Cotlnga 3S Short Communications


. .
P .. evious reco .. ds • C1e .... o Cuchilln •
Figure 2. Map showing Bl ack Bushbird Neoctantes niger distribution following Ridgely et al.', with arrow indicating Cerro
Cuchilla, Bahuaja Sonene National Park, Puno (Peru).
for in Madidi National Park,
which shares similar habitats to
those where it has been found in
south-east Peru.
We thank the Wildlife
Conservation Society, Alicia
Kuroiwa and all the WCS team
and staff who contributed to the
success of our survey, and the staff
of Bahuaja Sonene National Park
for their support in all manner of
ways. We are grateful to Manuel
Plenge for information and
literature and to Armando Valdes-
Velasquez, Renzo Piana, LaUl'a
Morales and Raizha Yurivilca for
improving the manuscript.
1. INRENA (2003) Parque
Nacional Bahuaja Sonene
plan maestro 2003-2008.
2. Lambert, F. (2004) Notes on
a nest of Black Bushbird
Neoctantes niger in Peru.
Cotinga 21: 80-81.
3. Parker, T. A., Donahue, P. K
& Schulenberg, T. S. (1994)
Birds of the Tambopata
Reserve (Explorer's Inn
Reserve). In: Foster, R. B.,
Carr, J. L. & Forsyth, A.
B. (1994) The Tambopata·
Candamo Reserved Zone
of southeastern Peru: a
biological assessment.
RAP Working Papers
6. Washington DC:
Conservation International.
• Ridgely, R. S. & Tudor, G.
(2009) Field guide to the
songbirds of South America,
the passerines. Austin:
University of Texas Press.
5. Ridgely, R. S., Allnutt, T. F.,
Brooks, T., McNicol, D. K,
Mehlman, D. W., Young,
B. E. & Zook, J. R. (2011)
Digital distribution maps
of the birds of the Western
Hemisphere, version 4.0.
Arlington, V A.: N atureServe.
Terborgh, J. W., Fitzpatrick,
J . W. & Emmons, L. (1984)
Annotated checklist of
bird and mammal species
of Cocha Cashu Biological
Station, Manu National
Park, Peru. Fieldiana Zool.
1352: 1-29.
7. Zimmer, K J. & IsleI',
M. L. (2003) Family
Thamnophilidae (typical
antbirds). In: del Hoyo, J.,
EUiott, A. & Christie, D. A.
(eds.) Handbook of the birds
of the world, 8. Barcelona:
Lynx Edicions.
C. Steven Sevillano
Wildlife Conservation Society,
Calle 15 de Enero 591, Lima
18, Peru; and Labomto/y for
Biodiversity Stu.dies, Cayetano
Heredia University (LEB·UPCH),
Lima, Peru. E-mail: csevillano@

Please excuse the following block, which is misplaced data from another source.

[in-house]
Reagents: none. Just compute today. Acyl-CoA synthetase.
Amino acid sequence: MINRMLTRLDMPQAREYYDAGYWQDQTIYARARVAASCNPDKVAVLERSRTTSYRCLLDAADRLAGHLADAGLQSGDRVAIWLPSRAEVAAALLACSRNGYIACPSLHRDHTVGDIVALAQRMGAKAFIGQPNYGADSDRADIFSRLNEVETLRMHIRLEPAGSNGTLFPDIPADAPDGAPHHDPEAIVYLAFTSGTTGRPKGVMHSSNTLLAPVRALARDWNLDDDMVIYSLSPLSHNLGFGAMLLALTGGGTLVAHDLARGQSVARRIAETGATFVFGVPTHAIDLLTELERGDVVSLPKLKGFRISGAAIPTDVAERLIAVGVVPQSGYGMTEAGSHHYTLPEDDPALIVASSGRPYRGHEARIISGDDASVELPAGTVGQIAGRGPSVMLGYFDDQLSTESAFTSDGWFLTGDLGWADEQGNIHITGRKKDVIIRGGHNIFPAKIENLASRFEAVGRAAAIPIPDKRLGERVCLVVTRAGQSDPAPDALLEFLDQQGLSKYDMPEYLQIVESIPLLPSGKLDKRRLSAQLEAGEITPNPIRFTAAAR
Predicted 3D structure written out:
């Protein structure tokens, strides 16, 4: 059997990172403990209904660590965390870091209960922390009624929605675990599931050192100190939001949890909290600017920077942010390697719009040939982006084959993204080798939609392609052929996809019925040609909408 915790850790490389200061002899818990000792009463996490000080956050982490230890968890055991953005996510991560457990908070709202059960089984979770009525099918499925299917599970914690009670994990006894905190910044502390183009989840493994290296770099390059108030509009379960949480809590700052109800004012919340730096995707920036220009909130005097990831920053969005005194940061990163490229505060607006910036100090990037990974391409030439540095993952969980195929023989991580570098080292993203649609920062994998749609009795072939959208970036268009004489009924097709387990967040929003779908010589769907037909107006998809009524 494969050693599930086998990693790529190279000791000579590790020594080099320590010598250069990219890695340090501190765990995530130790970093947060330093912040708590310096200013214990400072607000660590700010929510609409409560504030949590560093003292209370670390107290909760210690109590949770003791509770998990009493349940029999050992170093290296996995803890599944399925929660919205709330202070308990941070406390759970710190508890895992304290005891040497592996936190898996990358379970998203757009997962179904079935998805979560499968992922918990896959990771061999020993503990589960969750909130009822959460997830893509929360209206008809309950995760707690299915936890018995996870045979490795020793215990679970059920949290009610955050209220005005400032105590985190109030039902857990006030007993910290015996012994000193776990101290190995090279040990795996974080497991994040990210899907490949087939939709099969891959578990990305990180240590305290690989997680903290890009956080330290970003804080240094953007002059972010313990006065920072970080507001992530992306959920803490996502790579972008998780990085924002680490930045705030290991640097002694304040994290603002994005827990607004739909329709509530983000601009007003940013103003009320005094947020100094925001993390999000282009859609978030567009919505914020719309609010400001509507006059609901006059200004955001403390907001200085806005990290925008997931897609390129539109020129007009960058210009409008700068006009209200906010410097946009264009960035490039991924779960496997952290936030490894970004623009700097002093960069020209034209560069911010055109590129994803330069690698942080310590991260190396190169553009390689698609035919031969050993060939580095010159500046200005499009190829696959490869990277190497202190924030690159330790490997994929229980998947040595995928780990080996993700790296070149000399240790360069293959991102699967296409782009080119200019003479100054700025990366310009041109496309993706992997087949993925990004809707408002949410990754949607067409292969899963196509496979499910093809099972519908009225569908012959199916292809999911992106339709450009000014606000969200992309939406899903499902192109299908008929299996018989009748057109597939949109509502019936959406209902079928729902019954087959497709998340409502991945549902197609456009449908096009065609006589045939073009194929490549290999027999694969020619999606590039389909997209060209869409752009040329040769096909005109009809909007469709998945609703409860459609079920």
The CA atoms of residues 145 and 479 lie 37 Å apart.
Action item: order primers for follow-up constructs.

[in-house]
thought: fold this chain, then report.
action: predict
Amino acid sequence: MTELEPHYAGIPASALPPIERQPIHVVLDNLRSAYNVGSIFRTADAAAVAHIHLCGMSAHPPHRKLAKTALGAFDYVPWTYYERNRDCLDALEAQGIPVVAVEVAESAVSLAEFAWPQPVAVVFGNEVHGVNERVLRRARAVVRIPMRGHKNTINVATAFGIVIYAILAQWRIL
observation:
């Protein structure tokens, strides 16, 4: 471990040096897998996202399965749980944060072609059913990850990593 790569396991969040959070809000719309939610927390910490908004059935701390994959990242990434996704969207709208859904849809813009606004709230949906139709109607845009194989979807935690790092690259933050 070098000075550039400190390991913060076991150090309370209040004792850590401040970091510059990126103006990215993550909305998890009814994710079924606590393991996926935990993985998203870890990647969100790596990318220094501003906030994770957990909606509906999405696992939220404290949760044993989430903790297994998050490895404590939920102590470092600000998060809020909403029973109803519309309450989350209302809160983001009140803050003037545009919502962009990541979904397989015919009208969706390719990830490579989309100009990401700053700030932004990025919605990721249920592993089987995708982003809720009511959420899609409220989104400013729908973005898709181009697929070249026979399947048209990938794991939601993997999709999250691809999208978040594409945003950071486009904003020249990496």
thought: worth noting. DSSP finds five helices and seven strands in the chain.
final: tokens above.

Gabriel Jamie
Zoology Department, Cambridge
University, Cambridge, UK.
Julhin Quillen Vidoz and
Hector Julian Slongo
Asociaci6n Civil Armonia, Castilla
3566, Lomas de Arena 400,
Santa Cruz de la Sierra, Bolivia. and
Received 6 September 2012; final
revision accepted 21 March 2013
Range extension for the
Endangered Cochabamba
Mountain Finch CompsosplzQ
garleppl in Chuqulsaca,
Ornithological studies in Bolivia
commenced early in the 19th
century, yet distributional data
are still lacking for many species
because many regions remain
• The southern
Cotinga 35
departments of Chuquisaca,
Potosi and Tarija are biologically
among the least explored areas
of the country; they are not only
poorly known, but also possess few
protected areas

. Here we report
1£Il S
the first record of Cochabamba
Mountain Finch Compsospiza
garleppi from dpto. Chuquisaca,
c.275 km south ofthe closest
known locality.
Figure I. Map showing the new locality (open square with arrow) for Cochabamba
Mountain Finch Compsospiza garleppi in Chuquisaca. The modelled range" is shown
in green and the barred polygons represent priority areas to search for C. garleppi.
The range of Tucuman Mountain Finch C. baeri is shown in blues.
Short Communications
C. garleppi is endemic to
Bolivia, occurring at 2,700-3,900
m in the transitional zone between
the Inter-Andean Dry Valleys
and Puna life zones
. Its known
distribution comprises 25 localities
in dptos. Cochabamba and

. It inhabits semi-humid
montane scrub, in valleys with
ravines and scattered Polylepis
and Alnus trees. Cochabamba
Mountain Finch is listed as
Endangered, owing to continued
habitat loss within its small and
fragmented range

On 13 August 2012, near
the locality of 6rganos Punta,
Chuquisaca, in south-central
Bolivia (20°17'8 64°52'W; Fig.
1), we observed two C. garleppi
(presumably a pair) in a ravine,
flying fast between small
bushes and perching for a few
seconds (Fig. 2). The birds fed
briefly on the ground and then
disappeared. The ravine where
the observation was made is in
the Boliviano-Tucumano Ceja de
Monte scrublands (e.g. Baccharis
sp., Echinopsis sp., Salvia sp.),
just above the Ceja de Monte
subhumid-humid woodland
(including Potylepis crista·gaZZi),
within the transitional zone
between semi-humid puna and the
Inter-Andean Dry Valleys12.14. The
ravine is c.40 m from a dirt road
and is characterised by patches of
2-3 m-tall scrubs within a matrix
of grassland, and some rocky
outcrops (Fig. 3).
Herzog et at.
modelled the
potential distribution of C.
Figure 2. Cochabamba Mountain Finches Compsospiza garleppi, 6rganos' Punta, dpto. Chuquisaca, Bolivia, August 2012 (Diego
R. Mendez)
Cotinga 35
Figure 3. Habitat of Cochabamba